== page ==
Gild Source is, on the surface, just a really good tool for finding software developers. It scours the web for information about passive candidates and presents it to recruiters in a useful way.
What makes Gild special is that it uses algorithms to assess the programmer’s expertise, the likely demand for someone with those skills, their social media footprint and their likely availability. Gild is not just finding people, or finding data about people, it is making sense of that data.
An algorithmic assessment of talent
The history of smart software is a history of overblown expectations (starting with programs like Eliza that appeared to be a thoughtful conversationalist, but was just a parlor trick). However, in Gild’s case I think the potential is under-hyped.
Gild never says this, but personally I suspect its algorithmic assessment of talent will be better than many professional recruiters. The software seeks out actual examples of a person’s code and evaluates it; it looks at factors like time in job and industry to assess how likely they are to be open to an offer; it gleans insight from the person’s activity on social media.
These are all things a good recruiter might do, but a recruiter can’t dig this deep into tens of thousands of candidates as an algorithm can. The tool is meant to empower recruiters not replace them, but I’ll bet one good IT recruiter with Gild can replace half-a-dozen mediocre ones.
Article Continues Below
The domain of developers is particularly well suited to this kind of automated assessment because it is a tightly bounded domain and because so much information is available online. But hold your breath — Gild is bringing the same approach to other professions and it will be interesting to see what their data scientists come up with.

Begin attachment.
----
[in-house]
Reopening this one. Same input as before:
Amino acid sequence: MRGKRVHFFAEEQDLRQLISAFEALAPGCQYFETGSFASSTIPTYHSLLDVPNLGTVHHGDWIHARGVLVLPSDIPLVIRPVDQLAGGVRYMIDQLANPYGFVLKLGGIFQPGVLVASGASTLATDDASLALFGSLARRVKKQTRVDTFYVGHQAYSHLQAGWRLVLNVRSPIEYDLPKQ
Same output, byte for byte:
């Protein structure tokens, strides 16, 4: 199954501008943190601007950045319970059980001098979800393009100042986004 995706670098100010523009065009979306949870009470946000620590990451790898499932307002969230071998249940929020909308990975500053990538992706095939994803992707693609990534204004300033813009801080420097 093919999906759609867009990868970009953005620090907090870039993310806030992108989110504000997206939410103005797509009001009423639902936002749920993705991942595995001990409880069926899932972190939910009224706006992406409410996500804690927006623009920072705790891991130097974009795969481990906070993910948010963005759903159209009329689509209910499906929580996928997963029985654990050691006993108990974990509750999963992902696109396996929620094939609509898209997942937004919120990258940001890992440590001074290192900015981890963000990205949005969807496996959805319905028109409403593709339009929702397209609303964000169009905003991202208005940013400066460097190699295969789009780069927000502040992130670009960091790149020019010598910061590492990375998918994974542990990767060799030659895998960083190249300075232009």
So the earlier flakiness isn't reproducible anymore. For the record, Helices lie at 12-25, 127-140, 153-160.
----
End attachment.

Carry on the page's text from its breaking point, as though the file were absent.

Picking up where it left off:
What is interesting?
- It’s interesting how this competitor to job boards comes “out of the blue” with a new way of finding and assessing candidates.
- Here is a software company whose competitive edge comes not so much from the skills of its programmers as the skills of the data scientists who build the algorithms.
What is really important?
• Why is Gild really scary (but in a really good way)? Software is close to being, or maybe already is, capable of outperforming recruiters in assessing the quality of a candidate. That is scary stuff. What else will smart software be able to do?
We’re moving past the days when the cool thing about HR software was that it made administration more efficient. It’s getting smart, and we’d better get pretty smart, too.